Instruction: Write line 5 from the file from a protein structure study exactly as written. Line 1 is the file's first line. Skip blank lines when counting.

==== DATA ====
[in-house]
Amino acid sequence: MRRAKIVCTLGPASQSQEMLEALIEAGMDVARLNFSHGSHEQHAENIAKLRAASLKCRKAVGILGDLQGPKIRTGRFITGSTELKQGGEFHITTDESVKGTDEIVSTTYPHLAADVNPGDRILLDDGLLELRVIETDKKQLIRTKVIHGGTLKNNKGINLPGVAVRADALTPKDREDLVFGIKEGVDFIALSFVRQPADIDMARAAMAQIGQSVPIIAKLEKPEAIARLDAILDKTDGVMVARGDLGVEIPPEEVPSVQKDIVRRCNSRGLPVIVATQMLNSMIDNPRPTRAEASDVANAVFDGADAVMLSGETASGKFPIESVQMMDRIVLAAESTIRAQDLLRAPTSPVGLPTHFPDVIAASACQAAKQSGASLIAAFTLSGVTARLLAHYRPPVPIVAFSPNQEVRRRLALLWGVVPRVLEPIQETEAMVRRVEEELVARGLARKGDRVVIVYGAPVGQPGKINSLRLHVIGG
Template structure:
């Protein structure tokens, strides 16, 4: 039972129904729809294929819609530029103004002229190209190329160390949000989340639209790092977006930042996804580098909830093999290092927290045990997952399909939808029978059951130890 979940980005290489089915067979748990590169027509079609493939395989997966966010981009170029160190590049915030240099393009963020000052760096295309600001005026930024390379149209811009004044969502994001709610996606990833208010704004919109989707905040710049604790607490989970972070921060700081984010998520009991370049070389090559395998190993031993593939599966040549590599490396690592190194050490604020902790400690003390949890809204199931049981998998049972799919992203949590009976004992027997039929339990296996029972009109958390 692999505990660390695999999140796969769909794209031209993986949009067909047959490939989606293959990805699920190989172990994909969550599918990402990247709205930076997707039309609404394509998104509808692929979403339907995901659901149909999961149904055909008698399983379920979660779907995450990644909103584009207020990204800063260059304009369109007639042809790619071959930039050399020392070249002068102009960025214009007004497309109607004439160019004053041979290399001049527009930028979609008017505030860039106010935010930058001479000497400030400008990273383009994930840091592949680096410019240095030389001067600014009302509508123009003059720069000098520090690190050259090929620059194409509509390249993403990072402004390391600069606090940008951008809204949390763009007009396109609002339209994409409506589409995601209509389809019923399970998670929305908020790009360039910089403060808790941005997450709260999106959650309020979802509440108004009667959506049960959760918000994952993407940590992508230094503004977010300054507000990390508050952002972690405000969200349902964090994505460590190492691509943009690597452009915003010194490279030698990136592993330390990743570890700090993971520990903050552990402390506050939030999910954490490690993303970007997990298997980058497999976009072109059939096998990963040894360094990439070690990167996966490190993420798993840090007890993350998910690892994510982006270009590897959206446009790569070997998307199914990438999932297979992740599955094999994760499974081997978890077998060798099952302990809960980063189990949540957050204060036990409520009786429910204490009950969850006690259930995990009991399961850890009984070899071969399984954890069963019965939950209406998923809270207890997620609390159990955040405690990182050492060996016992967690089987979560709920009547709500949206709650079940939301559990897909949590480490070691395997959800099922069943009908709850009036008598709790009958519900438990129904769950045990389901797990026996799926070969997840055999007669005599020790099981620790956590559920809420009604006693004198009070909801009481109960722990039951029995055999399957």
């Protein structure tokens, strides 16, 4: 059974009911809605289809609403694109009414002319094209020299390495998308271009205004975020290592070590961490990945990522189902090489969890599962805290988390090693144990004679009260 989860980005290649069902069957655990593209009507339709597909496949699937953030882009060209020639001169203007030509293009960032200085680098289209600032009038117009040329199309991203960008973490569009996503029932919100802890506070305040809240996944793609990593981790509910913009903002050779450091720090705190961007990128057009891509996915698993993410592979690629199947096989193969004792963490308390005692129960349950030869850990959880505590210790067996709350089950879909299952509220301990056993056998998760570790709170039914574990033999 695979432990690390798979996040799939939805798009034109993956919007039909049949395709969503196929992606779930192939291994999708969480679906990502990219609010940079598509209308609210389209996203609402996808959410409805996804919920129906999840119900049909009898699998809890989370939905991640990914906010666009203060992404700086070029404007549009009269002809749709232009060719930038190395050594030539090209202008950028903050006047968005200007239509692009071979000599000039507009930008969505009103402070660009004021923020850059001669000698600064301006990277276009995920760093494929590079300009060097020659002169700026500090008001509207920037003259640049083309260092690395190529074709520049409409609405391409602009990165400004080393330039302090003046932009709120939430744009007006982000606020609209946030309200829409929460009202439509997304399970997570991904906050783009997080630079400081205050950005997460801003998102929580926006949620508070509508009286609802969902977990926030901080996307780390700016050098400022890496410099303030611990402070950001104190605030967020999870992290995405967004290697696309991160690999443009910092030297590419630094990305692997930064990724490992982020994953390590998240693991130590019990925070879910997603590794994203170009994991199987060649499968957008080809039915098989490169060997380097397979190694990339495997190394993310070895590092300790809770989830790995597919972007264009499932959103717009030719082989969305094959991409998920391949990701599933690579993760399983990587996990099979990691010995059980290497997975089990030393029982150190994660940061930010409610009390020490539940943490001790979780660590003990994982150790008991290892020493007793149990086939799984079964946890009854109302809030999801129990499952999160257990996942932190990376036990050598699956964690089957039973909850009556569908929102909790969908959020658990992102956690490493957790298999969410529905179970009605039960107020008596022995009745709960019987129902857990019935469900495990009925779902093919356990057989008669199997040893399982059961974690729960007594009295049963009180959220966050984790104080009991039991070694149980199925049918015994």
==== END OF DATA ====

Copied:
């Protein structure tokens, strides 16, 4: 059974009911809605289809609403694109009414002319094209020299390495998308271009205004975020290592070590961490990945990522189902090489969890599962805290988390090693144990004679009260 989860980005290649069902069957655990593209009507339709597909496949699937953030882009060209020639001169203007030509293009960032200085680098289209600032009038117009040329199309991203960008973490569009996503029932919100802890506070305040809240996944793609990593981790509910913009903002050779450091720090705190961007990128057009891509996915698993993410592979690629199947096989193969004792963490308390005692129960349950030869850990959880505590210790067996709350089950879909299952509220301990056993056998998760570790709170039914574990033999 695979432990690390798979996040799939939805798009034109993956919007039909049949395709969503196929992606779930192939291994999708969480679906990502990219609010940079598509209308609210389209996203609402996808959410409805996804919920129906999840119900049909009898699998809890989370939905991640990914906010666009203060992404700086070029404007549009009269002809749709232009060719930038190395050594030539090209202008950028903050006047968005200007239509692009071979000599000039507009930008969505009103402070660009004021923020850059001669000698600064301006990277276009995920760093494929590079300009060097020659002169700026500090008001509207920037003259640049083309260092690395190529074709520049409409609405391409602009990165400004080393330039302090003046932009709120939430744009007006982000606020609209946030309200829409929460009202439509997304399970997570991904906050783009997080630079400081205050950005997460801003998102929580926006949620508070509508009286609802969902977990926030901080996307780390700016050098400022890496410099303030611990402070950001104190605030967020999870992290995405967004290697696309991160690999443009910092030297590419630094990305692997930064990724490992982020994953390590998240693991130590019990925070879910997603590794994203170009994991199987060649499968957008080809039915098989490169060997380097397979190694990339495997190394993310070895590092300790809770989830790995597919972007264009499932959103717009030719082989969305094959991409998920391949990701599933690579993760399983990587996990099979990691010995059980290497997975089990030393029982150190994660940061930010409610009390020490539940943490001790979780660590003990994982150790008991290892020493007793149990086939799984079964946890009854109302809030999801129990499952999160257990996942932190990376036990050598699956964690089957039973909850009556569908929102909790969908959020658990992102956690490493957790298999969410529905179970009605039960107020008596022995009745709960019987129902857990019935469900495990009925779902093919356990057989008669199997040893399982059961974690729960007594009295049963009180959220966050984790104080009991039991070694149980199925049918015994």